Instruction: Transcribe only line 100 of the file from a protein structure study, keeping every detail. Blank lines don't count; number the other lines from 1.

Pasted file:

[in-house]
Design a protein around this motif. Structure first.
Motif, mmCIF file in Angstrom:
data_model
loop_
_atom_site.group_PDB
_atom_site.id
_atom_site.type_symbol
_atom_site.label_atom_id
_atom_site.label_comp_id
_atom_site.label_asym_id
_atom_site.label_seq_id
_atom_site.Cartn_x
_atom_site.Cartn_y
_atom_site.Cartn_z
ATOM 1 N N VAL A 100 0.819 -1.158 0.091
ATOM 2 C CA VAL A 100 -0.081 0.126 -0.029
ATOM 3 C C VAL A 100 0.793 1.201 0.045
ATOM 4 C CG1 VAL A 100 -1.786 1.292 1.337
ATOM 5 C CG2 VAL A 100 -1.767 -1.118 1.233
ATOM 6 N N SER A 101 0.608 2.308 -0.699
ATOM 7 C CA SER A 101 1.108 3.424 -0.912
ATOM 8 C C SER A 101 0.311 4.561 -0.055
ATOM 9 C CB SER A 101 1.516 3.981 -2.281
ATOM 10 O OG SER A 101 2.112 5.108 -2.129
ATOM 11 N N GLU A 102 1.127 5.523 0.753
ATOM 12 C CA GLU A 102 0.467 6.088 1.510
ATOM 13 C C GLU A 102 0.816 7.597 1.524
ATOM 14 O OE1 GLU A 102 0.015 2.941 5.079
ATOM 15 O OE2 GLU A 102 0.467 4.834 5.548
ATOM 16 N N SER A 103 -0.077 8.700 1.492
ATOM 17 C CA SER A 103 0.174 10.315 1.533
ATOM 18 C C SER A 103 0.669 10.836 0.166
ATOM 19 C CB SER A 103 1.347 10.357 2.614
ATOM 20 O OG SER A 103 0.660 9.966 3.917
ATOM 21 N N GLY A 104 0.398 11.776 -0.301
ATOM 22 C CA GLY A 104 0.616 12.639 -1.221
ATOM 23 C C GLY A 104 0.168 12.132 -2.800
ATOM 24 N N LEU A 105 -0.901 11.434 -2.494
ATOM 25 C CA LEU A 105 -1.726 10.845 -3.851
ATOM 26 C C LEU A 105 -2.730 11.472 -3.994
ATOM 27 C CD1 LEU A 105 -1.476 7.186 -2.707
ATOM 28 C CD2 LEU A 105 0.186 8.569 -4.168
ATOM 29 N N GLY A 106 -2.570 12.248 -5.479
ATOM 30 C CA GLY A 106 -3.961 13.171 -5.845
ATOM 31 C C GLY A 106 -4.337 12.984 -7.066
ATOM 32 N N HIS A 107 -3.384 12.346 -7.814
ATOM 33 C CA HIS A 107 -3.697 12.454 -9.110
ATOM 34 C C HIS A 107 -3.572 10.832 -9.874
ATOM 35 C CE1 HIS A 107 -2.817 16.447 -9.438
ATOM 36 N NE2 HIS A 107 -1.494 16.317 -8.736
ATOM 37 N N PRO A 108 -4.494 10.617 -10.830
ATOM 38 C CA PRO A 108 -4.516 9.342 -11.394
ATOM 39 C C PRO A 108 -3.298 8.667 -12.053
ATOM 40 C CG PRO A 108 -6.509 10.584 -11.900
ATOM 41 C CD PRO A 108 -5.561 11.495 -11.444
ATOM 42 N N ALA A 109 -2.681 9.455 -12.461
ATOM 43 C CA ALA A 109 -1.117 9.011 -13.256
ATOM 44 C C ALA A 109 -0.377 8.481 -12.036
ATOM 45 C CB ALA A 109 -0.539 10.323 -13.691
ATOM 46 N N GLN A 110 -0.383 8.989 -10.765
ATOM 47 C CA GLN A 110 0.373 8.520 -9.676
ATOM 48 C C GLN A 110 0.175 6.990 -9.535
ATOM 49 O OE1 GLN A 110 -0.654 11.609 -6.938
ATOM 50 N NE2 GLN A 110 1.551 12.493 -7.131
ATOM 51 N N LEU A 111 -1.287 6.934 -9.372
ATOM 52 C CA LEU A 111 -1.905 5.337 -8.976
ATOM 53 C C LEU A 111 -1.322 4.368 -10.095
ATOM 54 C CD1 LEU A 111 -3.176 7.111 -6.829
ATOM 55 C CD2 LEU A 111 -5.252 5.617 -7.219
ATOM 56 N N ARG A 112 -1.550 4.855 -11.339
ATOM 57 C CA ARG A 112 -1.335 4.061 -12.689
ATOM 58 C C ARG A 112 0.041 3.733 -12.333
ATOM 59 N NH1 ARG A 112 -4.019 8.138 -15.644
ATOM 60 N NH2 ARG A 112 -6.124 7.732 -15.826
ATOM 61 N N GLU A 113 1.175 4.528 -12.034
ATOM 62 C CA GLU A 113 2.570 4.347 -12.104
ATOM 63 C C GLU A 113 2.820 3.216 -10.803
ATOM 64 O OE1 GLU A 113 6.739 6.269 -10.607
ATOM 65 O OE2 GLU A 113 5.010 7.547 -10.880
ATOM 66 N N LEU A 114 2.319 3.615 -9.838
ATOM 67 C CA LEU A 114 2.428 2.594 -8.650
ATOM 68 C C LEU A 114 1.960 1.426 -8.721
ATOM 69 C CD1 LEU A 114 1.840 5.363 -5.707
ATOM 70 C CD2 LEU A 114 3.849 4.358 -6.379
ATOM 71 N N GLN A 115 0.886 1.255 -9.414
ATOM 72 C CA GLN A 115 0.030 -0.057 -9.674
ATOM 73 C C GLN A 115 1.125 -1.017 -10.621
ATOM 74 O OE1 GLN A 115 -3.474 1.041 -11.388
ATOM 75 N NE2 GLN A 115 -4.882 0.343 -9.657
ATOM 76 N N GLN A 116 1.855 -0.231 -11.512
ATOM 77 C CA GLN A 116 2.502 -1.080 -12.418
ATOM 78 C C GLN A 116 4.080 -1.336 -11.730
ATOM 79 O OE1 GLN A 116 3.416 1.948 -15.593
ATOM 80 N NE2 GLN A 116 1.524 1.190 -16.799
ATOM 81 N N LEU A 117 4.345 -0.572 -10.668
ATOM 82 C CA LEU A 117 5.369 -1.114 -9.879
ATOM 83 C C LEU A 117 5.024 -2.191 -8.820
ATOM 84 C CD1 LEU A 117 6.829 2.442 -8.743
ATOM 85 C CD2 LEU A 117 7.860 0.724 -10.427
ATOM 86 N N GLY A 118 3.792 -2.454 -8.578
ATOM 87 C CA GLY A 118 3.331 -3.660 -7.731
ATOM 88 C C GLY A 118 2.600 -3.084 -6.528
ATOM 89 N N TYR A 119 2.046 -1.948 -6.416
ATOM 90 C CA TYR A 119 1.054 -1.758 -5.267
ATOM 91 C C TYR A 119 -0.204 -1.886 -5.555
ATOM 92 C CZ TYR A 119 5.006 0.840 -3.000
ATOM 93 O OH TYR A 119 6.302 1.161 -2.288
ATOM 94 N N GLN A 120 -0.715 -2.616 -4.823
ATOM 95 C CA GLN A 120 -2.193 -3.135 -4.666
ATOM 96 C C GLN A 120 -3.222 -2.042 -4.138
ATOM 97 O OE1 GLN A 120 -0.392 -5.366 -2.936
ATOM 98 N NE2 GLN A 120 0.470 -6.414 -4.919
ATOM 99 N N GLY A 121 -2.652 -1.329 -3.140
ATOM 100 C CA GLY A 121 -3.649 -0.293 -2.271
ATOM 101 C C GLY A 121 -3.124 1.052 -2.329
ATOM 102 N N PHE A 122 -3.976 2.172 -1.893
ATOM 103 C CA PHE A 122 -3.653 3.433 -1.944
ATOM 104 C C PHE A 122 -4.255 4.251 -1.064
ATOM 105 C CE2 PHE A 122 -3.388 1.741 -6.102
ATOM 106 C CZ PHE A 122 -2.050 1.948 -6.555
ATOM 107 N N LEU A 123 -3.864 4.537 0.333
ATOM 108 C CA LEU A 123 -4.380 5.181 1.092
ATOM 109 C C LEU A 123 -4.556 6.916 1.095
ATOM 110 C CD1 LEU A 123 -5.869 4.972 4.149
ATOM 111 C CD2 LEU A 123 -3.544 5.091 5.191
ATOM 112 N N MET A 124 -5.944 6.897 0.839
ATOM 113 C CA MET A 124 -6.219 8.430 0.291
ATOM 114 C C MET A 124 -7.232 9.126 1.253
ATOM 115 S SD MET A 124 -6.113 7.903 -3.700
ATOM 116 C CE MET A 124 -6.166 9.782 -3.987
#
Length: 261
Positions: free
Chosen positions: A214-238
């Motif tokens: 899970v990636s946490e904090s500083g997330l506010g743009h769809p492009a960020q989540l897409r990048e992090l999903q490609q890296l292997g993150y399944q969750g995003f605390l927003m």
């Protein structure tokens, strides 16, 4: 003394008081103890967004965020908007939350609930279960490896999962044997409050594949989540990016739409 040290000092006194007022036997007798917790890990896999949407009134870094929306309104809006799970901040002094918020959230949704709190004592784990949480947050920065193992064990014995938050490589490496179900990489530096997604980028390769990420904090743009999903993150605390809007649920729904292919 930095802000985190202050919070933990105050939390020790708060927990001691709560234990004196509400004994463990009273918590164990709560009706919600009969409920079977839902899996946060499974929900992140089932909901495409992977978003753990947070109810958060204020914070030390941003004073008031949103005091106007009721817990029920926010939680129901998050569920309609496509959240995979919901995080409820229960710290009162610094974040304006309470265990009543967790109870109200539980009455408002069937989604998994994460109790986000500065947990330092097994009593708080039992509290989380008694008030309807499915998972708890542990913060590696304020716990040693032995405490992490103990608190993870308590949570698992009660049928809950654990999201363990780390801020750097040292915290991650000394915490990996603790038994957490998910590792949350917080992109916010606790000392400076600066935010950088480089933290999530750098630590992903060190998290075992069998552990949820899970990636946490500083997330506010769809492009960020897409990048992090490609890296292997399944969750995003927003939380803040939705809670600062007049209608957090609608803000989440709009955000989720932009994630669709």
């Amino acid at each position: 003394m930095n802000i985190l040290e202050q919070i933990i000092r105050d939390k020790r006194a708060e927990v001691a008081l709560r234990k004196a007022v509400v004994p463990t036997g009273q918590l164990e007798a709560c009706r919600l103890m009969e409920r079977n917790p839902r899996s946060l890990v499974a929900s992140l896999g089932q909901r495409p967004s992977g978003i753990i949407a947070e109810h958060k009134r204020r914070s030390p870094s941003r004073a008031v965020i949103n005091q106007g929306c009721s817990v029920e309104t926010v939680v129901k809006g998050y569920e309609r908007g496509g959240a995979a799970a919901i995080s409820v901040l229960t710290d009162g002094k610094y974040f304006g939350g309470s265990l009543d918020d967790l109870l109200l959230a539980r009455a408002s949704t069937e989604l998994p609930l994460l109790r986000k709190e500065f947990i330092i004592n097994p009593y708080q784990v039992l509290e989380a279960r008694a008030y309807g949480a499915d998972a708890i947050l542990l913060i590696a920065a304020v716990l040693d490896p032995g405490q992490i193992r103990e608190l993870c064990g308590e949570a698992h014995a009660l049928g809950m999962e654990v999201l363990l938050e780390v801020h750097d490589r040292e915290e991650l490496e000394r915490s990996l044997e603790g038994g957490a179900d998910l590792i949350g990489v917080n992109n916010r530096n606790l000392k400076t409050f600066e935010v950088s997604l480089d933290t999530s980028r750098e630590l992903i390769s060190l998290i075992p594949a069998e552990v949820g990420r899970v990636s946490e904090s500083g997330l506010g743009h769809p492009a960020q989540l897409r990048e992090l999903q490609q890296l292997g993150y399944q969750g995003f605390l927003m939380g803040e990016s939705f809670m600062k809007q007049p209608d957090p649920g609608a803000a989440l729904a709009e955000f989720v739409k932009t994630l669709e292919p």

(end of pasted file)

ATOM 85 C CD2 LEU A 117 7.860 0.724 -10.427